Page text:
30 2. Ions Ions = charged atoms Have different numbers of electrons Cations = positively charged atoms have less electrons then protons Anions = negatively charged atoms Have more electrons then protons

31 2. Ionization Energy Ionization Energy: the energy needed to remove an electron from a neutral atom, forming a positive ion first ionization energy: energy required to remove the first outermost electron second ionization energy: energy required to remove an electron from a 1 + ion, making it a 2 + ion (Table 3 p 155)

32 2. Ionization Energy As you travel down a group ( ): the first ionization energy decrease Because: the atoms are larger, thus easier to remove an electron

33 2. Ionization Energy As you travel across a period ( ) - for representative elements, the 1st ionization energy generally increases Because: Greater nuclear charge, thus more attraction and harder to remove the electron

34

35 Your Turn: Put these elements in order of decreasing ionization energy C N Li F O What is the trend? Answer: F > O > N > C > Li

36 3. Electron Affinity Electron Affinity: the energy change that accompanies the addition of an electron to a neutral atom, forming a negative ion (anion) Most elements release energy when they gain an electron, making the value of electron affinities negative. F (g) + e- F- (g) kj EA = -328 kj/mol Be (g) + e kJ Be- (g) EA = +240 kj/mol

37 3. Electron Affinity As you travel down a group ( ): electron affinities generally decrease: so electron energy becomes less negative Because: radius is bigger and the pull of the nucleus is not as strong to add e- noble gases do not attract any electrons (Remember that energy given off is denoted as a negative value!)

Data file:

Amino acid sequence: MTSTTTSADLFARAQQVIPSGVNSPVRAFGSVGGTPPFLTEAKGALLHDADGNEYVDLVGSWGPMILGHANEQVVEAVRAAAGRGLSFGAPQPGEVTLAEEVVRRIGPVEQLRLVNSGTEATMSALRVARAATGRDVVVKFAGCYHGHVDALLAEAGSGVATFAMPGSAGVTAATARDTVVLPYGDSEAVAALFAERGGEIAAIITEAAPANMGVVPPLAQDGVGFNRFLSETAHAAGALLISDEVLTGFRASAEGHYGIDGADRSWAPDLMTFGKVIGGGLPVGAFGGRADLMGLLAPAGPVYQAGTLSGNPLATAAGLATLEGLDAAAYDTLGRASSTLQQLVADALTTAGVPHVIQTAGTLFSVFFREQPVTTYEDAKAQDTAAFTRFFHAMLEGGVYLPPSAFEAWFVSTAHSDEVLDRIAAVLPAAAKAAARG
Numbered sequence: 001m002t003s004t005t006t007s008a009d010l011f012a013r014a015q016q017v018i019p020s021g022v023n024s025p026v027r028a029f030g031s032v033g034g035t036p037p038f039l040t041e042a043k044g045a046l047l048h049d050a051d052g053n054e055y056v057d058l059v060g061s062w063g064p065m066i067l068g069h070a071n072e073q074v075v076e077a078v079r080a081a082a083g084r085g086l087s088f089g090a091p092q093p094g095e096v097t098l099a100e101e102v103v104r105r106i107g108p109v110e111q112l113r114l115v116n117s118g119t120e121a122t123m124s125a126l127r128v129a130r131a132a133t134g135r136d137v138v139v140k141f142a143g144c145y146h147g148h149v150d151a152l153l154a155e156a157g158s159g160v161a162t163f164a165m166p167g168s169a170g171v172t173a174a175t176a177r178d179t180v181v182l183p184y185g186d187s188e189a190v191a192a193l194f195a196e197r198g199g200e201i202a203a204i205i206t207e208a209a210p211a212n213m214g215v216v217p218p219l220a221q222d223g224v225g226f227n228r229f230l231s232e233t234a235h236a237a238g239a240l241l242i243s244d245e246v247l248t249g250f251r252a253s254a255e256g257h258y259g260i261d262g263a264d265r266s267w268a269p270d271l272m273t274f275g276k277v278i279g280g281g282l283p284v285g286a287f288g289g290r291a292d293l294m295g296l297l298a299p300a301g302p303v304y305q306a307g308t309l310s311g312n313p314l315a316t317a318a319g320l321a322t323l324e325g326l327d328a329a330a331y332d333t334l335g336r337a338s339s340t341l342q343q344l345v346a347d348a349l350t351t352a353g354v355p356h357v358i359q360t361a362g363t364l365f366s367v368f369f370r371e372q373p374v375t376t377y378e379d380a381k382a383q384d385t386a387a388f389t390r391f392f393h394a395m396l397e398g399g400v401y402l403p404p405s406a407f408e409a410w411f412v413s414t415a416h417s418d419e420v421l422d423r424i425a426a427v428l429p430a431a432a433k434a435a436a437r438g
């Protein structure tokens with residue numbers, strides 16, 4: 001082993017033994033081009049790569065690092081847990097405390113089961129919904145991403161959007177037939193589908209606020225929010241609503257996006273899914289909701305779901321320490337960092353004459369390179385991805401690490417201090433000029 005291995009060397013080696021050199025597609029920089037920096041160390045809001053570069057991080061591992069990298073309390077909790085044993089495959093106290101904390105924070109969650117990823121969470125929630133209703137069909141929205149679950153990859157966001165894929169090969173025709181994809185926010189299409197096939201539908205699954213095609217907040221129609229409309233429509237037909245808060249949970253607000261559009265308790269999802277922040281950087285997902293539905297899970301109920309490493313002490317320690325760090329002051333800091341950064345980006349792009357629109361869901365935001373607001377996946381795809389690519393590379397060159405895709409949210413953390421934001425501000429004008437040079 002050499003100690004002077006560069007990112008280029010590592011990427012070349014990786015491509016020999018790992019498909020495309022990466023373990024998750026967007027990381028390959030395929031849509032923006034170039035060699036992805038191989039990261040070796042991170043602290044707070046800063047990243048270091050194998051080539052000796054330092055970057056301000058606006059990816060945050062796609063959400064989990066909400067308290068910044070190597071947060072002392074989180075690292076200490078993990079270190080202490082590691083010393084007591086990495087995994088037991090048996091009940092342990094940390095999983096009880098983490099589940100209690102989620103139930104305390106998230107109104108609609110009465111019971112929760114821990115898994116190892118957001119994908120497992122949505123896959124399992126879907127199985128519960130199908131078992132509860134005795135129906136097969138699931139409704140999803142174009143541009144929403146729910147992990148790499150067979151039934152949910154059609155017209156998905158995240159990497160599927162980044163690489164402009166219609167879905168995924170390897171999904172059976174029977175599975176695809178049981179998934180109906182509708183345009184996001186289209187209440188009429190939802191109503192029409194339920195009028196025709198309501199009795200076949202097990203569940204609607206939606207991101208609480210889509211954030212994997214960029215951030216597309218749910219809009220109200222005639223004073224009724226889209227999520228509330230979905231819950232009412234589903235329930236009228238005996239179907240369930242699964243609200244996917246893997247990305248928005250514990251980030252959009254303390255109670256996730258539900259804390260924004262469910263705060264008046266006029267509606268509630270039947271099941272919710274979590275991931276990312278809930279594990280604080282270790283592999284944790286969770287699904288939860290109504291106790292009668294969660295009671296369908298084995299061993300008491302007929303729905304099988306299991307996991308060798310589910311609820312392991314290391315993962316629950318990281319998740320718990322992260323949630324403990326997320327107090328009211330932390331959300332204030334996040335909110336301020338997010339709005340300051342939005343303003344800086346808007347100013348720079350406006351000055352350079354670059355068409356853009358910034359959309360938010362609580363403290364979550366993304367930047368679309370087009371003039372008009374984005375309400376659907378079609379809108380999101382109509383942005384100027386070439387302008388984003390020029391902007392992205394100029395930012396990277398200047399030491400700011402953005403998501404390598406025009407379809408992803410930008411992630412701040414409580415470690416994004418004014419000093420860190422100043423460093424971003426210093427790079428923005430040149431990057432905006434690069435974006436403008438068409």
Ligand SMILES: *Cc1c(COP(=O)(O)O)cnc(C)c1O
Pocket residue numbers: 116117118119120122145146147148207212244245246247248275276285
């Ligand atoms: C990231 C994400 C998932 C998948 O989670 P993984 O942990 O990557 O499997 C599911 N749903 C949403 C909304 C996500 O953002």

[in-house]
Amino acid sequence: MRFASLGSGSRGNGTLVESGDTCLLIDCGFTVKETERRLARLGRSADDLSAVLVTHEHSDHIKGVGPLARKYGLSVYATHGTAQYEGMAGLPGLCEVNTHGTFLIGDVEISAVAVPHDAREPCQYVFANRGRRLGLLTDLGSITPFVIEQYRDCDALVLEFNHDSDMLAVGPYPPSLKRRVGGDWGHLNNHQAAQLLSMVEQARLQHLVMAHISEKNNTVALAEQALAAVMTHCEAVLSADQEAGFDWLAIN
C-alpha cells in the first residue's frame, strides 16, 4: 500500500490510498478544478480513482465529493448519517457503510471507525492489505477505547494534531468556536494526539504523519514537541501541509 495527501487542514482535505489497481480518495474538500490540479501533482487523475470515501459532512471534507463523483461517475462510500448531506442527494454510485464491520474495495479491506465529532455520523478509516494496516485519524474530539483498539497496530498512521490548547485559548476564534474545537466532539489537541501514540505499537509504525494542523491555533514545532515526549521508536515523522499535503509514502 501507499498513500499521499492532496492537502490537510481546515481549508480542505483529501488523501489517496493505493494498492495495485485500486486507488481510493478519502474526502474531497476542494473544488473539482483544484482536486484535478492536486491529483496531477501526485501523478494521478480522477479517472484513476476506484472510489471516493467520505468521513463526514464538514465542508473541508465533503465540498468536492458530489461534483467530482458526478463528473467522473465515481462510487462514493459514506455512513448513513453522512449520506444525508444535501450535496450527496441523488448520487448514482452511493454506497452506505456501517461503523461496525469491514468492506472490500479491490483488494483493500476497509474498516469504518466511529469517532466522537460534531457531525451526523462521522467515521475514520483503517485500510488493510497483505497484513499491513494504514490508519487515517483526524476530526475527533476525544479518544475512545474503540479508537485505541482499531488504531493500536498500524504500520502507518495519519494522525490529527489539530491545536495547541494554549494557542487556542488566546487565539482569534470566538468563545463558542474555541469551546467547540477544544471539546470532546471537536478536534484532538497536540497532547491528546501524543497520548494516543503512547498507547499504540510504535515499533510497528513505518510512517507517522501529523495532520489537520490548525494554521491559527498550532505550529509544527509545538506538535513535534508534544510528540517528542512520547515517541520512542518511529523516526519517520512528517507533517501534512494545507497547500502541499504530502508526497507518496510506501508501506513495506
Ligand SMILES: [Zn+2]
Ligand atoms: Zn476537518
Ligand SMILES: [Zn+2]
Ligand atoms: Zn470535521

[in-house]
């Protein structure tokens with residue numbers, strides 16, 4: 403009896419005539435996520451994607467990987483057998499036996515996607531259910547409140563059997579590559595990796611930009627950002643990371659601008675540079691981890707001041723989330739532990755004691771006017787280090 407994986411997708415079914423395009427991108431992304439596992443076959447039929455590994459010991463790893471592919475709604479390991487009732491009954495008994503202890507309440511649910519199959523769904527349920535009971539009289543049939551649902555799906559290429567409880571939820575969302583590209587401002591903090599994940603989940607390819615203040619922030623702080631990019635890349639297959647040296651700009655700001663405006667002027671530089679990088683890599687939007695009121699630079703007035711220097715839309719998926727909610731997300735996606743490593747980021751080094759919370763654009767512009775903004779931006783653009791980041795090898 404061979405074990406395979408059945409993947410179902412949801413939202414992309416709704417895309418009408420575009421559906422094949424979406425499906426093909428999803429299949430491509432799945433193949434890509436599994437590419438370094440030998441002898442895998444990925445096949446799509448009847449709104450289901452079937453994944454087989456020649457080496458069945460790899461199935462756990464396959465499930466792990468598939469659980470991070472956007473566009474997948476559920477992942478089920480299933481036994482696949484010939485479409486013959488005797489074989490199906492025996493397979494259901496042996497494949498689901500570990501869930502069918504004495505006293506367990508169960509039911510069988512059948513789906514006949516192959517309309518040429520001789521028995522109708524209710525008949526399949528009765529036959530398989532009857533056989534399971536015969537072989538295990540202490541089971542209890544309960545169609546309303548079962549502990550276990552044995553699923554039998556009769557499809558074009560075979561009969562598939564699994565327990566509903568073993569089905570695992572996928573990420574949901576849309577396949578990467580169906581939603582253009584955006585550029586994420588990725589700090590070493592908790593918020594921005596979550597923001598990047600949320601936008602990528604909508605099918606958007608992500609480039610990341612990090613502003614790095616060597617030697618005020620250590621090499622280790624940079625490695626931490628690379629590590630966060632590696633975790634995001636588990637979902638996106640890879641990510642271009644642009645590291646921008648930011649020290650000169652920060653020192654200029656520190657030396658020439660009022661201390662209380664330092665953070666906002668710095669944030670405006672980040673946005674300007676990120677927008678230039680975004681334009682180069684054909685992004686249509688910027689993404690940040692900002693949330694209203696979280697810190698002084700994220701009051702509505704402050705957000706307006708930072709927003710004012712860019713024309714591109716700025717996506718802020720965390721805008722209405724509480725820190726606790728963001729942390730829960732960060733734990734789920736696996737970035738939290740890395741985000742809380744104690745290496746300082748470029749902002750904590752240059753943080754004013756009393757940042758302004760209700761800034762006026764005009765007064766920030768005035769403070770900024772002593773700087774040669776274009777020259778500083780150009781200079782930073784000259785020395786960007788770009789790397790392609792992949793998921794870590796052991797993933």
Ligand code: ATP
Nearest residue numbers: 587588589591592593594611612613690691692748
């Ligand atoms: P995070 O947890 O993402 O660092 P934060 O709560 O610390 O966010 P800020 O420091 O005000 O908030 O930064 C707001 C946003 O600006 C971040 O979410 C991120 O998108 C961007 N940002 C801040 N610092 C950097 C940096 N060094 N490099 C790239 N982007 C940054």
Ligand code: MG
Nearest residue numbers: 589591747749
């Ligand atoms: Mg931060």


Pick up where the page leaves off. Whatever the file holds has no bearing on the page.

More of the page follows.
38 3. Electron Affinity As you travel across a period : Electron affinities generally increase (easier to add e-), so the value becomes more negative Because: radius is smaller and the pull of the nucleus is stronger on e-

39

40 Your Turn: Put these elements in order of increasing electron affinity C N Li F O What is the trend? Answer: Li > C > N > O > F

41 4. Ionic Radii Positive ions are always smaller than the original atom Because = lost electrons in outer energy level

42

43 4. Ionic Radii Negative ions are always larger than the original atom Because = more electrons with the same nuclear charge holding the atom together

44 4. Ionic Radii As you travel down a group ( ): atomic radii increase with both cations and anions Because: radius is getting larger because of more orbitals

45 4. Ionic Radii As you travel across a period : ionic radii decrease in size Because: radius is getting smaller because of increased positive charge of nucleus

46 Your Turn: Put these elements in order of decreasing ionic radius C N Li F O What is the trend? Answer: Li > C > N > O > F

47 5. Electronegativity Electronegativity: the tendency for an atom to attract electrons to itself when it is chemically combined with another element Expressed on the Pauling Electronegativity Scale Noble gases do not have electronegativities because they do not participate in many reactions

48 5. Electronegativity As you go down a group ( ): decrease Because: pull by the nucleus is not as strong due to increased layers of orbitals Transition metal electronegativities and other properties are not as regular

49 5. Electronegativity As you travel across a period : increase Because: radii are smaller due to stronger pull by nucleus

50 Periodic Table of Electronegativities

51 Your Turn: Put these elements in order of increasing electronegativity C N Li F O What is the trend? Answer: Li > C > N > O > F

52 Summary of Periodic Trends

53